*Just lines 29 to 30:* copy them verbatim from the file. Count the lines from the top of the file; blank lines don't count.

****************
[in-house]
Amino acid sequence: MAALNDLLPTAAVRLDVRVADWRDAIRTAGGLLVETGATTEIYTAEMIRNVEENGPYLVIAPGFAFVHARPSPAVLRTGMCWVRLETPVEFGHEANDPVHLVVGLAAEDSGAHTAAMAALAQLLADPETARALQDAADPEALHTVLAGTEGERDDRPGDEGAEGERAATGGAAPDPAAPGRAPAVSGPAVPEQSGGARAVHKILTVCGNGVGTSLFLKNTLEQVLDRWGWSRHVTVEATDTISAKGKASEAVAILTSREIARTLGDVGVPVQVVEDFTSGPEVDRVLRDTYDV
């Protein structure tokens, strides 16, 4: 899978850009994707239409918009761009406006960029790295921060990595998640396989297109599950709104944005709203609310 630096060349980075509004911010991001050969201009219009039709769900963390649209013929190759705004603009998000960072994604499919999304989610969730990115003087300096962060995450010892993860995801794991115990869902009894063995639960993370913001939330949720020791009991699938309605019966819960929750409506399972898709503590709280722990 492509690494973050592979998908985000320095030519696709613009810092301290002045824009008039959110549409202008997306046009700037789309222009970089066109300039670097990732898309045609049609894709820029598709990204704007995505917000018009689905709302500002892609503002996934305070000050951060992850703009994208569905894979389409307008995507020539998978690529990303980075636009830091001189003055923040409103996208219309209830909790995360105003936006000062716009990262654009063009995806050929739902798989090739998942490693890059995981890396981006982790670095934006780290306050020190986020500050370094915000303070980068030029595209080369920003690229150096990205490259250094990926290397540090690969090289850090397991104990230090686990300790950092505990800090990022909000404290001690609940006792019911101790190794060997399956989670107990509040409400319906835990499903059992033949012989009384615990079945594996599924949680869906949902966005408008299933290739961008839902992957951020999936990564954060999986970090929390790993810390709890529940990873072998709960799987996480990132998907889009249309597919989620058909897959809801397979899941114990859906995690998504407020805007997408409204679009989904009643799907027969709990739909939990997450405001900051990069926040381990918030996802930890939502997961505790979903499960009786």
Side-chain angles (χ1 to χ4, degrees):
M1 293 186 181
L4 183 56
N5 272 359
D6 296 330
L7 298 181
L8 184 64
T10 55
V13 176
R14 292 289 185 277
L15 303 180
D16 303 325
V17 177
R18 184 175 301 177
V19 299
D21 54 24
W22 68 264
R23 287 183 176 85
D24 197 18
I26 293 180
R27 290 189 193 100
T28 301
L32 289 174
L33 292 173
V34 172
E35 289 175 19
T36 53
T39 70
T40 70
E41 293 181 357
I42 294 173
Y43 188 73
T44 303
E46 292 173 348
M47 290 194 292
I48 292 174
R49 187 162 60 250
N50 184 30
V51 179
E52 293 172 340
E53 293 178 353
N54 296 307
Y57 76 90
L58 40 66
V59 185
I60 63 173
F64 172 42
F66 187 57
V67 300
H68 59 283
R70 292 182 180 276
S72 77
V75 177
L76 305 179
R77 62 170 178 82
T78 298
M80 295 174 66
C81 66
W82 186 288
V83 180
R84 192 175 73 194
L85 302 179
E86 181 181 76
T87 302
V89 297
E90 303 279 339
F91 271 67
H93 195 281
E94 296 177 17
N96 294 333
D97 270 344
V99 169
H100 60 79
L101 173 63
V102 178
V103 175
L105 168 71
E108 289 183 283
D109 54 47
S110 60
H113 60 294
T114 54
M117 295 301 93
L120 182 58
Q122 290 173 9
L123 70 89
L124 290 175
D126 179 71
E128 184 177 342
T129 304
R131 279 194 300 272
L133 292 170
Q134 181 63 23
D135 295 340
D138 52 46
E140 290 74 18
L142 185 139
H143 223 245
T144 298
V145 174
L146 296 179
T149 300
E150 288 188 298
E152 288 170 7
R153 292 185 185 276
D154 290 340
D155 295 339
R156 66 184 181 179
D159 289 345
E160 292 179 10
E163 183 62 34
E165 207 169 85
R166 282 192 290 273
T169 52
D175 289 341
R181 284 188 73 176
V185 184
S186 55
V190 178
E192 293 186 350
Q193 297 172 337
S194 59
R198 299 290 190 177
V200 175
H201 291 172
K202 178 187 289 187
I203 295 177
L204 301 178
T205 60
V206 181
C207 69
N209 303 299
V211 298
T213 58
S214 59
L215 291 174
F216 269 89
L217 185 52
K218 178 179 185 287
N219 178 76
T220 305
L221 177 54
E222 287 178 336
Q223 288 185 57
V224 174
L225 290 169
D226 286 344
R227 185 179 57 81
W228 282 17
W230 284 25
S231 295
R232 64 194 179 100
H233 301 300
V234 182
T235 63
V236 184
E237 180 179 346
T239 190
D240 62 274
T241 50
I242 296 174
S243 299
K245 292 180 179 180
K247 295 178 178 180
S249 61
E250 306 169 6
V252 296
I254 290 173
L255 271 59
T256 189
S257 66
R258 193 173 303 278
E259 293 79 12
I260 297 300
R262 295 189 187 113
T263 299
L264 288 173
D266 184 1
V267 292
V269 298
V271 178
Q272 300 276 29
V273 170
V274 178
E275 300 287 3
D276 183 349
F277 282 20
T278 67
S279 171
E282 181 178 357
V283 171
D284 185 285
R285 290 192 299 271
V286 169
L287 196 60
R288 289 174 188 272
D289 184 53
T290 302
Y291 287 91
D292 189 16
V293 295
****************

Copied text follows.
E35 289 175 19
T36 53